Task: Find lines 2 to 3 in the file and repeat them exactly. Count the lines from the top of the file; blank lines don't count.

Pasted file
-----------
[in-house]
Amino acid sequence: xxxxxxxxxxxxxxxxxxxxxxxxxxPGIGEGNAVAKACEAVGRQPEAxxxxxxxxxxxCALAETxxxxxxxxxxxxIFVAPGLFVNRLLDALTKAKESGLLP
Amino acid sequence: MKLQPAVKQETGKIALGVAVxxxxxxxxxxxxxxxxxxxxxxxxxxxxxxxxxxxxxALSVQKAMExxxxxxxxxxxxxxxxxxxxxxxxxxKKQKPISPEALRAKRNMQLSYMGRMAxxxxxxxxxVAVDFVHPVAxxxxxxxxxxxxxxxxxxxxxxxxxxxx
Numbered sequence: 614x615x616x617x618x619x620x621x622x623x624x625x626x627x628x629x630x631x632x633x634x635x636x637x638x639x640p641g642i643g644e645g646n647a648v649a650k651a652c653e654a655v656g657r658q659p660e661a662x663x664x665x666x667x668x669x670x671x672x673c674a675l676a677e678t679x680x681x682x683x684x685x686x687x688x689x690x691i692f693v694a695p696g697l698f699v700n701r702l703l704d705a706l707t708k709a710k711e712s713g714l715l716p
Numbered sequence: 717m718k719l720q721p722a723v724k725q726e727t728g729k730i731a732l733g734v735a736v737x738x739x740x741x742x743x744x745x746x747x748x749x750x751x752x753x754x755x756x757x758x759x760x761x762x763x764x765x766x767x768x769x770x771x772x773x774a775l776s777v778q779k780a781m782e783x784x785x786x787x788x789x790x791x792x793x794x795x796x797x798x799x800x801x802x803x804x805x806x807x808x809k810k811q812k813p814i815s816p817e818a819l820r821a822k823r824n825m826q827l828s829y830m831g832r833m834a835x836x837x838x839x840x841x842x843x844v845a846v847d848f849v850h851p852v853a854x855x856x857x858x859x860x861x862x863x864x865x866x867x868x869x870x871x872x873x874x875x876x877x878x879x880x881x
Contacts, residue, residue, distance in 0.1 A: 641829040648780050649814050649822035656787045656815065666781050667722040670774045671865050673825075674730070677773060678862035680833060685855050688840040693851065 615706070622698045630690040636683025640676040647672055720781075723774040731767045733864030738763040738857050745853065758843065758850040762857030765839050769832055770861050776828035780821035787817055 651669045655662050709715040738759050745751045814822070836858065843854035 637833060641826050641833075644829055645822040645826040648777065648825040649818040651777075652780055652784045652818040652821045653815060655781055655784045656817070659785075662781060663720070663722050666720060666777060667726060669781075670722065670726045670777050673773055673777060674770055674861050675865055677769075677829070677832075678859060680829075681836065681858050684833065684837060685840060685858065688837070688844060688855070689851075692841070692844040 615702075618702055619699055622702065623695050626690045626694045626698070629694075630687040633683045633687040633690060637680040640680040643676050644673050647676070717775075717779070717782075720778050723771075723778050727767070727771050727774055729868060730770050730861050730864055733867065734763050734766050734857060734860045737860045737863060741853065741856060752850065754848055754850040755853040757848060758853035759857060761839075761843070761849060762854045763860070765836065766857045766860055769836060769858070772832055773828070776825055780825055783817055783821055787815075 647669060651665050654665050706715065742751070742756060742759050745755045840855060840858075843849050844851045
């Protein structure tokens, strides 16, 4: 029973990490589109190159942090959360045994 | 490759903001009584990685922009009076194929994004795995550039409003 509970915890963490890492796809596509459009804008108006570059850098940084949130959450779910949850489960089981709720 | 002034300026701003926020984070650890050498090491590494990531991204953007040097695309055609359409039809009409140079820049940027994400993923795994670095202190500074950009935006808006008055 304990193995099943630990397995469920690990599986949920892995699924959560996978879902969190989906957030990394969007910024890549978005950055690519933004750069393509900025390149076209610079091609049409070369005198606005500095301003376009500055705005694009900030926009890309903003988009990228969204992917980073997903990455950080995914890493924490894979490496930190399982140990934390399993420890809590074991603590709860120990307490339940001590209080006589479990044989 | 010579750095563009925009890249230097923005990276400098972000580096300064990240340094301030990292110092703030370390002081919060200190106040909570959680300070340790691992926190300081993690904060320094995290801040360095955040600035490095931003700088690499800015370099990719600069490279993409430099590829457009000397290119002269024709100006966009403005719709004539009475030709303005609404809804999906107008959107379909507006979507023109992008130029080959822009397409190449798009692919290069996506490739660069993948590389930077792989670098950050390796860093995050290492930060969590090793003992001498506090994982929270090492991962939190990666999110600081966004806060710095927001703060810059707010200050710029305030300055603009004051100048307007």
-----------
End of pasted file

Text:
Amino acid sequence: xxxxxxxxxxxxxxxxxxxxxxxxxxPGIGEGNAVAKACEAVGRQPEAxxxxxxxxxxxCALAETxxxxxxxxxxxxIFVAPGLFVNRLLDALTKAKESGLLP
Amino acid sequence: MKLQPAVKQETGKIALGVAVxxxxxxxxxxxxxxxxxxxxxxxxxxxxxxxxxxxxxALSVQKAMExxxxxxxxxxxxxxxxxxxxxxxxxxKKQKPISPEALRAKRNMQLSYMGRMAxxxxxxxxxVAVDFVHPVAxxxxxxxxxxxxxxxxxxxxxxxxxxxx